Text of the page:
Can we get an agreed divorce if we have children?

Yes. You can get an agreed divorce whether or not you have minor children and whether or not you have marital property to divide. In any event, though, you have to be in agreement. In other words, the divorce needs to be uncontested. This doesn’t just mean that you agree on getting a divorce, but you also can’t disagree on matters such as child custody and support. If you have children and are filing a joint petition for dissolution of marriage, you’ll also need to submit a parenting plan and complete the child support worksheet. We can help you keep this process on track so that an uncontested divorce stays that way and concludes successfully in your best interests and the best interests of your kids.

Can court orders be modified after the divorce if things later change?

Yes, but the change needs to be substantial and continuing in such a way that the original order is unreasonable or no longer makes sense. To modify an order of child support, you’ll need a court order if the court originally ordered the support. If the Family Support Division (FSD) ordered the support, then the FSD can modify it as well. A change in a parent’s income or employment, or a change in the child’s expenses, could possibly justify modification of a support order.

Spousal support (aka spousal maintenance or alimony) is usually made to last until an agreed-upon date for termination or until death of the payor or remarriage of the recipient. Spousal support is typically made modifiable or nonmodifiable in the original order. If the order is modifiable, it could theoretically be raised, lowered, terminated early, or continued past the date for termination set out in the original agreement

Can a parent move and take the kids, so long as the move is in-state and not too far away from the other parent?

Any change of the child’s principal residence that lasts for more than 90 days is a “relocation” that can’t be done without first following Missouri state law. This process requires notifying the other parent in writing and providing them with the new address, the date of the move, the reason for the move, and a proposed revised custody or visitation schedule. This notice should also let the other parent know they have the right to oppose the move within 30 days of the notice, provided they have a good-faith reason to challenge the relocation. If the other parent doesn’t object, the move can take place after 60 days.

We can represent you if you are seeking or opposing a relocation, including helping you revise the custody schedule and parenting plan or advocating for you in court.

How much will I have to pay (or how much will I get) in child support?

You’ll need to complete the Child Support Amount Calculation Worksheet to determine how much child support will be owed. This paperwork is required in a contested or uncontested divorce where there are minor children who will need to be supported. The amount of child support will depend on the incomes of both parents, any court-ordered spousal maintenance, the number of children, costs of health insurance and work-related child care, and the number of overnights the children spend with each parent. The amount calculated is presumed to be correct, but either parent could challenge it, and the judge could be convinced to deviate from the presumed amount in the children’s best interests.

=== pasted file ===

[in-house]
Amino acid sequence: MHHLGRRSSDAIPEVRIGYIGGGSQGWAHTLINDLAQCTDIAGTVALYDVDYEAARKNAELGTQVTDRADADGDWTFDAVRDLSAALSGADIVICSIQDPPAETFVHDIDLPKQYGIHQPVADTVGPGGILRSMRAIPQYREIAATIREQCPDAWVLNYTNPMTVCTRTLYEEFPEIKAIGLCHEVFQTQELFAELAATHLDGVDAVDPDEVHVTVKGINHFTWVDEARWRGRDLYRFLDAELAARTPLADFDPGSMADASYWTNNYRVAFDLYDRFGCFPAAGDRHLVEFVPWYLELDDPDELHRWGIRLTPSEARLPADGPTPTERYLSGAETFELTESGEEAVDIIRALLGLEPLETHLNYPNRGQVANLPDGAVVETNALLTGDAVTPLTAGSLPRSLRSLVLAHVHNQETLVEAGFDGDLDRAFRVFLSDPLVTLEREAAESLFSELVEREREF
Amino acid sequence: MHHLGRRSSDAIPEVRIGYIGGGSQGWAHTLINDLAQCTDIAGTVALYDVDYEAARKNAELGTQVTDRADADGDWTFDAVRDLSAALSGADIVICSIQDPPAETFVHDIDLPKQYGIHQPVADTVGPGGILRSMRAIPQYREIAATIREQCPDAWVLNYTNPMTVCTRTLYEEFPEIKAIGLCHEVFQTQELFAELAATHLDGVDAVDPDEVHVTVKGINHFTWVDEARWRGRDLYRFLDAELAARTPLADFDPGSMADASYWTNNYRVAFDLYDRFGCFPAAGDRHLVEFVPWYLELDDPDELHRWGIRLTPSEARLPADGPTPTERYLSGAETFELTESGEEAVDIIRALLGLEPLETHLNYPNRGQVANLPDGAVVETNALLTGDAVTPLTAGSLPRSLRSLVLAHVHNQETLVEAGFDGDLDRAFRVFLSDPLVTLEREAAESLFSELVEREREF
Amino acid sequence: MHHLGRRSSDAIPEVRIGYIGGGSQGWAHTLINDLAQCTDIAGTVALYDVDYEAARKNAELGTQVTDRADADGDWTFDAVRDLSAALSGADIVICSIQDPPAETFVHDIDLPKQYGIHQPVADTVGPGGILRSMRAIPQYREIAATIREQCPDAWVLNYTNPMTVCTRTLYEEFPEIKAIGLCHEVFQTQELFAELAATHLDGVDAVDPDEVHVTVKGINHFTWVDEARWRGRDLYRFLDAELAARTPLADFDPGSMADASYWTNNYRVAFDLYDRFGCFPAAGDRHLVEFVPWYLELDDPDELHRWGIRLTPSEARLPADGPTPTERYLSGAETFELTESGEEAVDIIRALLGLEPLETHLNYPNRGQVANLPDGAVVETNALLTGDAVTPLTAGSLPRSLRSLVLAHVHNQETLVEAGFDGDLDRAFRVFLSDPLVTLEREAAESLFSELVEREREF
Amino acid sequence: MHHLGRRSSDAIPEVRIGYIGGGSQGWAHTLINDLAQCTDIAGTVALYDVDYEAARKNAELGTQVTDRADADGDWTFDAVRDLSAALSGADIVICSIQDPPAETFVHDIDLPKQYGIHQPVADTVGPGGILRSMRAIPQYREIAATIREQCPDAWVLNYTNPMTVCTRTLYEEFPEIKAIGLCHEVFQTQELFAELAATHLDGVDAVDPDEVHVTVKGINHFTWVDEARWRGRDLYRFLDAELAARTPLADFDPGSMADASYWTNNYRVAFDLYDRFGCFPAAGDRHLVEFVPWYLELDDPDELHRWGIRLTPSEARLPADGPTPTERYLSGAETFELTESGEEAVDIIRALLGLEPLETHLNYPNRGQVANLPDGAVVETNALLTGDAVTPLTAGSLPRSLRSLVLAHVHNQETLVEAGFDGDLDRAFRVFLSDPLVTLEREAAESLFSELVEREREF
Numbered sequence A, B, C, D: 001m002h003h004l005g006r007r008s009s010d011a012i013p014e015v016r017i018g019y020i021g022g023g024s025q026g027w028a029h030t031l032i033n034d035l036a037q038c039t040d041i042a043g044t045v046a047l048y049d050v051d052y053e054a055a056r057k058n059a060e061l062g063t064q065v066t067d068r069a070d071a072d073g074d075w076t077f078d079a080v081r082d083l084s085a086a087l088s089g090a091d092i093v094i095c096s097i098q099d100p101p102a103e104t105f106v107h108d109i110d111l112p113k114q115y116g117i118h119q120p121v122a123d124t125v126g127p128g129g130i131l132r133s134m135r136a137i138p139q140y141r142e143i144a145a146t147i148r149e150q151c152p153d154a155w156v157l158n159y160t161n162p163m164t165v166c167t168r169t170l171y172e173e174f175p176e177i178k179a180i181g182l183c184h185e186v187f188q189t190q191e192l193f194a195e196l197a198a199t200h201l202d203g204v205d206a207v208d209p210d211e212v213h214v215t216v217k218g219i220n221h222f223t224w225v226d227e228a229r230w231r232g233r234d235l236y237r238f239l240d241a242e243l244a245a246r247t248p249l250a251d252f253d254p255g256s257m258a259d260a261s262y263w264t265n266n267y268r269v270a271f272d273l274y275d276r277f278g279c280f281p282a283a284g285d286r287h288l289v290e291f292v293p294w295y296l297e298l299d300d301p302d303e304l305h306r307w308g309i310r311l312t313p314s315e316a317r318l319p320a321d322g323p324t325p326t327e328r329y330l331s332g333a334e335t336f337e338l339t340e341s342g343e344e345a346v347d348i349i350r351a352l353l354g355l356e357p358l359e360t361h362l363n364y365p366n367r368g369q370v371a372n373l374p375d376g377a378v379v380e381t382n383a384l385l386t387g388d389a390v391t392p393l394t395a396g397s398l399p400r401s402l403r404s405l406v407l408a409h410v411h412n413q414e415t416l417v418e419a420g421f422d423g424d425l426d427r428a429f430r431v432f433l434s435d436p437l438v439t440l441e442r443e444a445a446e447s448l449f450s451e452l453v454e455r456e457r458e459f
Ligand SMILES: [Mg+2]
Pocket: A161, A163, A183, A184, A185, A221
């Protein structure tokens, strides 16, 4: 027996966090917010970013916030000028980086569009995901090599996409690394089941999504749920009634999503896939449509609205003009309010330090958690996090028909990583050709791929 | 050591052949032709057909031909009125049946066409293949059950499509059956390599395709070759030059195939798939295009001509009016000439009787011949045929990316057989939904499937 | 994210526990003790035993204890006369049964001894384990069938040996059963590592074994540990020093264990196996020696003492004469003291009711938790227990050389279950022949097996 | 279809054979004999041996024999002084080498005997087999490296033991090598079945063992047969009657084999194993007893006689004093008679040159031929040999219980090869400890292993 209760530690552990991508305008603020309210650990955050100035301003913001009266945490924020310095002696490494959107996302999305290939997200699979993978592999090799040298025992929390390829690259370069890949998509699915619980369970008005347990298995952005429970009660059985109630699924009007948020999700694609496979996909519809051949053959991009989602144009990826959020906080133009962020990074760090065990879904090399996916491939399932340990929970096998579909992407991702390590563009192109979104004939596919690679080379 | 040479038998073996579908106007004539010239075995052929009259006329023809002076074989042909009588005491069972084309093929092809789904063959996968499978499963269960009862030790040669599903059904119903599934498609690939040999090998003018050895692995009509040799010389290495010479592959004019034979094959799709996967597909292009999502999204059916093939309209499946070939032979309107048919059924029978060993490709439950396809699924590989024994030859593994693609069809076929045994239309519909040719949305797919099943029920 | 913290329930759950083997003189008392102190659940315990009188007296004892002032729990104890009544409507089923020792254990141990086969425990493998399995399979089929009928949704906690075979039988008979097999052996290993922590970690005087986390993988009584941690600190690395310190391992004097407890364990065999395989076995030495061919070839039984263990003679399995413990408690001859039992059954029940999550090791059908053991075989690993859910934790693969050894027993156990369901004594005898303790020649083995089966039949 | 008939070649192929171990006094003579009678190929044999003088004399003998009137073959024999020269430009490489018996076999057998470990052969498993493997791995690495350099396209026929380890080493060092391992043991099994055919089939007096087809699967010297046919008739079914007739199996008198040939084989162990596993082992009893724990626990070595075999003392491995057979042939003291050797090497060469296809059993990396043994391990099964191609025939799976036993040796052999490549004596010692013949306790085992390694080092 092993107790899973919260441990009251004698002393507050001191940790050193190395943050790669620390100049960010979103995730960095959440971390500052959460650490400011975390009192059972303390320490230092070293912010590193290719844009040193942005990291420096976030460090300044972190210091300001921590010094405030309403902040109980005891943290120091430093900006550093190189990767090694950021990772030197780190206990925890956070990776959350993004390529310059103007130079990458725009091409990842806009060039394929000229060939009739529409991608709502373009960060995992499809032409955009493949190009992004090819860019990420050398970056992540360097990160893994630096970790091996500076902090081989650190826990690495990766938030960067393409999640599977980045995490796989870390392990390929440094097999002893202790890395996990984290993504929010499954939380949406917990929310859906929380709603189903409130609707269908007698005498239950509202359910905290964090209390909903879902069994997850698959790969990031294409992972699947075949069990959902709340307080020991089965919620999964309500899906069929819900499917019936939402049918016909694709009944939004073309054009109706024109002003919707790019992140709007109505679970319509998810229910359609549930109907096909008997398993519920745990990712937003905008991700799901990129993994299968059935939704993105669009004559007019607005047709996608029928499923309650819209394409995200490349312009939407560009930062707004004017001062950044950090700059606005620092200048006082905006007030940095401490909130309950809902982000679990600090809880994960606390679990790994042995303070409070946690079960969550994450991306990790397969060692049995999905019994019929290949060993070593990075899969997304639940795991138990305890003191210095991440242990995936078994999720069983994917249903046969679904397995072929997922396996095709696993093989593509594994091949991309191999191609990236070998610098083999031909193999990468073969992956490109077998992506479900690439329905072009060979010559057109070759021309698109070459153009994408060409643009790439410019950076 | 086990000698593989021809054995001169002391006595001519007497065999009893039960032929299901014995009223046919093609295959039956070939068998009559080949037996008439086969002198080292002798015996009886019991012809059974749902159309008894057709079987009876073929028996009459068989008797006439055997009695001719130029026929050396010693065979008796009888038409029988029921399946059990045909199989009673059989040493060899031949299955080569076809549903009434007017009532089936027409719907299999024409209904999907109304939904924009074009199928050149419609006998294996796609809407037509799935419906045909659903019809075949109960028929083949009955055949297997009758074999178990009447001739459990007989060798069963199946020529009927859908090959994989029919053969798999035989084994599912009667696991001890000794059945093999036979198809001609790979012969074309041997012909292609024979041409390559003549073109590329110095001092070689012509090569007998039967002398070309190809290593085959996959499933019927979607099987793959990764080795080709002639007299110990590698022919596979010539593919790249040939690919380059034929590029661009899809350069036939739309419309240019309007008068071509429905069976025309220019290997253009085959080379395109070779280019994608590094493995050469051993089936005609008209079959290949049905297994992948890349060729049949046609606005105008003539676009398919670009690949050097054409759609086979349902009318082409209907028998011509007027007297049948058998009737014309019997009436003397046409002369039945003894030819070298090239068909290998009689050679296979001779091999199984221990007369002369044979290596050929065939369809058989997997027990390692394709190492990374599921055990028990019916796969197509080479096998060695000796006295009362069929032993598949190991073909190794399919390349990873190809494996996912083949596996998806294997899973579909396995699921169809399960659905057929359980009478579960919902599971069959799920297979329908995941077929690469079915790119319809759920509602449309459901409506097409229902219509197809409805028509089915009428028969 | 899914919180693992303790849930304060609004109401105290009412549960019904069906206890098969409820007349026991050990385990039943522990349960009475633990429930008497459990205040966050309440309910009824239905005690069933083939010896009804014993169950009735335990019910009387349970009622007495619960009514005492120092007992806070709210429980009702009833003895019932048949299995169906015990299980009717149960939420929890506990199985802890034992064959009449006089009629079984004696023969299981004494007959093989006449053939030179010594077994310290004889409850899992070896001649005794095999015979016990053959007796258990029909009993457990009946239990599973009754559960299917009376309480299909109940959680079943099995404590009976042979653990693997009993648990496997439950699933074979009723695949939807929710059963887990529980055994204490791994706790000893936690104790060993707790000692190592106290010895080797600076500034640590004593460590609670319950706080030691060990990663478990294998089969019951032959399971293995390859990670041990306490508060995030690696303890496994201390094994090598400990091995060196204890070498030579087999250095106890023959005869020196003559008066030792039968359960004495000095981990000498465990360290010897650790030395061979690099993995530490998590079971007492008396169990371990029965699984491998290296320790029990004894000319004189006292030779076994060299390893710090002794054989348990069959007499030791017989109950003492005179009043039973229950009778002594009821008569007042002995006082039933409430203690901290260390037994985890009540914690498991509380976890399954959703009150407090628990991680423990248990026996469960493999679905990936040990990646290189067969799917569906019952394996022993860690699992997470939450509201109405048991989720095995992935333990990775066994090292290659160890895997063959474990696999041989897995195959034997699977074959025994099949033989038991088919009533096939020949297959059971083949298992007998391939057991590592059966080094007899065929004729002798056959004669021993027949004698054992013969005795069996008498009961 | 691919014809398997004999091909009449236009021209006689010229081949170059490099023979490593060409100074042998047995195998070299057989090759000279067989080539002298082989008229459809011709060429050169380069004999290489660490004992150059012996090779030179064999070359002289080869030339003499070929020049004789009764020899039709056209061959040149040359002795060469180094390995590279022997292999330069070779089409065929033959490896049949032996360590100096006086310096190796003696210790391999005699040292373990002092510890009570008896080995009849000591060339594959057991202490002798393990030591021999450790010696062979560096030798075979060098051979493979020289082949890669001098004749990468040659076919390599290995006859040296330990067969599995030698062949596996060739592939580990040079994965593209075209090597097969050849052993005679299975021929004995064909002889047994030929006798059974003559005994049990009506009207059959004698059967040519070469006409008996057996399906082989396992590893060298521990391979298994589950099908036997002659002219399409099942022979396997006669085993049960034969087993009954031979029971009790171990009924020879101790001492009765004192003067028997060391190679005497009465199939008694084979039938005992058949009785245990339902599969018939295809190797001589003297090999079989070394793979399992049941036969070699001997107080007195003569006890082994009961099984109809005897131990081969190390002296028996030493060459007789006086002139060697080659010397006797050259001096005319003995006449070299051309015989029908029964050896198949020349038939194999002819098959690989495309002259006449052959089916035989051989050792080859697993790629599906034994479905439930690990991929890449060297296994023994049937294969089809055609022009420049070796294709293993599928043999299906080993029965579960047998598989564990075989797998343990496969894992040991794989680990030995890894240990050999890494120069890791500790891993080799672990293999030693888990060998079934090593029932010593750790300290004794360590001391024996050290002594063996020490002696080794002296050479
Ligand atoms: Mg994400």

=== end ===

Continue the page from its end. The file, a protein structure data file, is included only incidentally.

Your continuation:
Does child support still get ordered if the parents share parenting time equally?

The purpose of child support is to equalize the income of both households for the benefit of the children. Therefore, even if parenting time is equal, if one parent earns significantly more than the other, support might still be due.

Does fault matter in a Missouri divorce?

Missouri only recognizes no-fault divorce (irretrievable breakdown of the marriage). You do not have to prove fault, such as adultery, abandonment or abuse, to dissolve a marriage in Missouri. However, fault, or misconduct as it is known in Missouri divorce law, can impact matters in a divorce such as child custody, child support, and property division. Be prepared to share details regarding any potential misconduct with your attorney at the outset of your divorce, so you can be educated on what to expect as your divorce plays out.

How long does a divorce take?

An agreed divorce can be completed as soon as 30 days from the date it is filed. A contested divorce will take considerably longer to work out. If a trial is needed, it can take a year or more to complete the divorce, depending on the county where the divorce is filed.

Can one spouse be made to pay the other spouse’s attorney fees for the divorce?

Under Missouri law, the court can order one party to pay the attorney’s fees for the other party, so long as the fees are reasonable. Factors that can influence the judge’s decision to make this order or not include the financial resources of both parties and their ability to pay attorney’s fees, in addition to either party’s fault or misconduct during the marriage as well as their conduct during the divorce proceedings.

Personal Service and Professional Representation in Springfield Divorce Matters

For knowledgeable guidance, practical advice and passionate advocacy in your Springfield divorce, call Courtney & Mills at 417-869-9888 or reach out to us online to arrange a consultation.

Share This Page:
Facebook Twitter LinkedIn